From Ferguson to Tucson: Black Lives Matter
On Wednesday, April 1, the Black Law Students Association, the Latin@ Law Students Association, the UA National Lawyers Guild, the College of Law Diversity Committee, and the Program on Criminal Law and Policy (PCLP) will proudly host a presentation by Beverley Makhubele and Javetta Laster, Tucson residents who participated in the Black Lives Matter Ride to Ferguson in August 2014.
The Black Lives Matter Ride was organized in conjunction with a National Weekend of Action to connect individuals from across the country with trainings on non-violent resistance and local organizing strategies intended to empower local communities to address racial profiling and police violence. Javetta and Beverley were two of the five members of the Tucson delegation to Ferguson. They are also engaged in ongoing work to build a stronger network between individuals and organizations addressing the needs of Tucson’s Black community.
Javetta and Beverley will speak at the College of Law on the important work in which they participated in Ferguson and their ongoing efforts to organize within Tucson's Black community. Their presentation will focus on the insights they gained from their personal experiences in Ferguson; the political, economic, and social conditions that lead to situations like Ferguson; the relationship between the demonstrations in Ferguson and the broader Black Lives Matter movement; and the importance of creating more accountable relationships between the academic community at UA and the greater Tucson community.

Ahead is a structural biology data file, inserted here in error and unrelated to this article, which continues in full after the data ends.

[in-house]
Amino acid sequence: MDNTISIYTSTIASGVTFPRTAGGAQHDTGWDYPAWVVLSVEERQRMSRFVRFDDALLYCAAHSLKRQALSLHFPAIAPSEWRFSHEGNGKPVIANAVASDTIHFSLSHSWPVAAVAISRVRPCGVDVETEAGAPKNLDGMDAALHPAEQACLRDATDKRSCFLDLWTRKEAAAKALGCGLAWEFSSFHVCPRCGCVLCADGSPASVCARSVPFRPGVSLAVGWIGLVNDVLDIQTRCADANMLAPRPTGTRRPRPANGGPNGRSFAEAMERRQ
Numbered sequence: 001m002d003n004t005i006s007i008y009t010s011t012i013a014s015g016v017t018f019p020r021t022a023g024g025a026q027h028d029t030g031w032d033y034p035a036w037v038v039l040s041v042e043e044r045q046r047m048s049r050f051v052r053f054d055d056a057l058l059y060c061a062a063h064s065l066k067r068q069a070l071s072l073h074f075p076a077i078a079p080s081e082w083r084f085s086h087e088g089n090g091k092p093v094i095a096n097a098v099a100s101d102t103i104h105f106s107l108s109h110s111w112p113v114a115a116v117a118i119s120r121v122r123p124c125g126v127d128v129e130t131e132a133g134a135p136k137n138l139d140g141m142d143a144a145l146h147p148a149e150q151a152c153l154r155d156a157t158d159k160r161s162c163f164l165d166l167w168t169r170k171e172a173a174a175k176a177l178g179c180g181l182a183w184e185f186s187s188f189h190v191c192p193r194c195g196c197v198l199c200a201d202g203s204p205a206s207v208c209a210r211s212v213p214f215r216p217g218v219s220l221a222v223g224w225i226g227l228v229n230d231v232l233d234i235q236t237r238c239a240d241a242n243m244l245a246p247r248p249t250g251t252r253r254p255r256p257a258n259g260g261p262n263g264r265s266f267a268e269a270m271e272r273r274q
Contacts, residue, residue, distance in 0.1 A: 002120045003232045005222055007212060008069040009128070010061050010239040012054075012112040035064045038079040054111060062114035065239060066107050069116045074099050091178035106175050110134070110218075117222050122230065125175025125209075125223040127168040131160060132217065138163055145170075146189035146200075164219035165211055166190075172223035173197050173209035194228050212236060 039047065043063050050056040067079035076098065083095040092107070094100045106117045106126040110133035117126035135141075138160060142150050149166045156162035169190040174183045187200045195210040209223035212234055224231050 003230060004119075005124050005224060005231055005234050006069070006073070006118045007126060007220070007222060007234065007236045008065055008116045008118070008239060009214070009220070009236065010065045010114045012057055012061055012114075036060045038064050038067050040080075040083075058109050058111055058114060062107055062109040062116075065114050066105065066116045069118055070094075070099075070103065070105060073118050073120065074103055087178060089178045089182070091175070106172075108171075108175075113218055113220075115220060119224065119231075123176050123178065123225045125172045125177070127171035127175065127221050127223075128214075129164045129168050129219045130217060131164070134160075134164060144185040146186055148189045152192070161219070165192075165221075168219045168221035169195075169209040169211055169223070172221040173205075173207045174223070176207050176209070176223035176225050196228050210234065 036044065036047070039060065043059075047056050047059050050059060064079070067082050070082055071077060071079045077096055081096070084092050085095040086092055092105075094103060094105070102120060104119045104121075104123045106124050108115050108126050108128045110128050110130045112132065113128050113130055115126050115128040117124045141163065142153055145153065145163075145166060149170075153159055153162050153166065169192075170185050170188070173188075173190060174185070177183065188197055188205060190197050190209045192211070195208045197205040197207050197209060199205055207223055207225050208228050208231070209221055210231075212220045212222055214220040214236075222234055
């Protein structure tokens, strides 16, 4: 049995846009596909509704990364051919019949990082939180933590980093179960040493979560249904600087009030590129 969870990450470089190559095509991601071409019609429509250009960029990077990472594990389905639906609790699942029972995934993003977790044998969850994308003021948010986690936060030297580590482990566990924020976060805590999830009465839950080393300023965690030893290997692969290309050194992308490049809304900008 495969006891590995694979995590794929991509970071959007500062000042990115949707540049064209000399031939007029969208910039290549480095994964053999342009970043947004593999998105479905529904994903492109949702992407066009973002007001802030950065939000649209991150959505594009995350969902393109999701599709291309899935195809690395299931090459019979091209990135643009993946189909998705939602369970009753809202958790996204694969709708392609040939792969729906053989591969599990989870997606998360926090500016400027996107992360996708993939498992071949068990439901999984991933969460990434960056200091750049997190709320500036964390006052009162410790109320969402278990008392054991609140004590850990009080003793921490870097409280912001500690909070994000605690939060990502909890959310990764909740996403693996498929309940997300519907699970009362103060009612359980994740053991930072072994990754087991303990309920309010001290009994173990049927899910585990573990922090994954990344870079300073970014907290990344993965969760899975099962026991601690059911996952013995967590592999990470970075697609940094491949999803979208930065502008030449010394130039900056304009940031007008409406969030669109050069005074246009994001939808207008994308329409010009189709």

Beverley is a Black, South African woman of Sotho and Tsonga heritage. She immigrated to the U.S. at the age of 16 and has since engaged in community work centered on global Blackness and global Black perspectives. Beverley’s identity as a Black South-African born woman informs her perspective on how oppression manifests itself in Black communities globally, and how communities can best approach social justice work surrounding Black identity.
Javetta is a Black and Queer writer from southern Georgia currently based in Tucson. Her writing centers on the intersections of Black Womanhood and Queerness. Her organizing in Tucson focuses on challenging the way people approach community building and creating spaces for Black people to express themselves as a method to radically transform our communities.
The event will begin promptly at 12:15 pm in room 160 at the UA College of Law. Lunch will be served at noon. CLE is available for attorneys. Download CLE Certificate 4-1-15